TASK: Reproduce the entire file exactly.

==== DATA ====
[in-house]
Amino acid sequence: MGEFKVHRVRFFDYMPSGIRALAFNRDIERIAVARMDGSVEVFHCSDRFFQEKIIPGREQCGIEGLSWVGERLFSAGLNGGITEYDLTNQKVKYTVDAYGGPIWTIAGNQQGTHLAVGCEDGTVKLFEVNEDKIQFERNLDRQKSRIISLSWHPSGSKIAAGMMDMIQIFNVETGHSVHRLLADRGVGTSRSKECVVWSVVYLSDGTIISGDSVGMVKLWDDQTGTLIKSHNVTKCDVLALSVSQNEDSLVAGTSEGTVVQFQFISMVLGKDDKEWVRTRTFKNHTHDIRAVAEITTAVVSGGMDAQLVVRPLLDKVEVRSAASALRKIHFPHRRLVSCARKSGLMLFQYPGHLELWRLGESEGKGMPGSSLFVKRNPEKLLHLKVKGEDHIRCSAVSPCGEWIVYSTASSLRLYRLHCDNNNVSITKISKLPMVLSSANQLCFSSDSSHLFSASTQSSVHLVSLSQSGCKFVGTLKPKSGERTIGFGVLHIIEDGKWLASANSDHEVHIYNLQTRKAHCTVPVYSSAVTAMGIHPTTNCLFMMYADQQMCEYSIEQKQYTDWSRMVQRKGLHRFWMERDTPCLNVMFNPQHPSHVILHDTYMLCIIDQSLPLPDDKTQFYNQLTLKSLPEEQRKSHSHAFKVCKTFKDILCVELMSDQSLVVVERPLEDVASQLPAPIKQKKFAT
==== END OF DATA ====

[in-house]
Amino acid sequence: MGEFKVHRVRFFDYMPSGIRALAFNRDIERIAVARMDGSVEVFHCSDRFFQEKIIPGREQCGIEGLSWVGERLFSAGLNGGITEYDLTNQKVKYTVDAYGGPIWTIAGNQQGTHLAVGCEDGTVKLFEVNEDKIQFERNLDRQKSRIISLSWHPSGSKIAAGMMDMIQIFNVETGHSVHRLLADRGVGTSRSKECVVWSVVYLSDGTIISGDSVGMVKLWDDQTGTLIKSHNVTKCDVLALSVSQNEDSLVAGTSEGTVVQFQFISMVLGKDDKEWVRTRTFKNHTHDIRAVAEITTAVVSGGMDAQLVVRPLLDKVEVRSAASALRKIHFPHRRLVSCARKSGLMLFQYPGHLELWRLGESEGKGMPGSSLFVKRNPEKLLHLKVKGEDHIRCSAVSPCGEWIVYSTASSLRLYRLHCDNNNVSITKISKLPMVLSSANQLCFSSDSSHLFSASTQSSVHLVSLSQSGCKFVGTLKPKSGERTIGFGVLHIIEDGKWLASANSDHEVHIYNLQTRKAHCTVPVYSSAVTAMGIHPTTNCLFMMYADQQMCEYSIEQKQYTDWSRMVQRKGLHRFWMERDTPCLNVMFNPQHPSHVILHDTYMLCIIDQSLPLPDDKTQFYNQLTLKSLPEEQRKSHSHAFKVCKTFKDILCVELMSDQSLVVVERPLEDVASQLPAPIKQKKFAT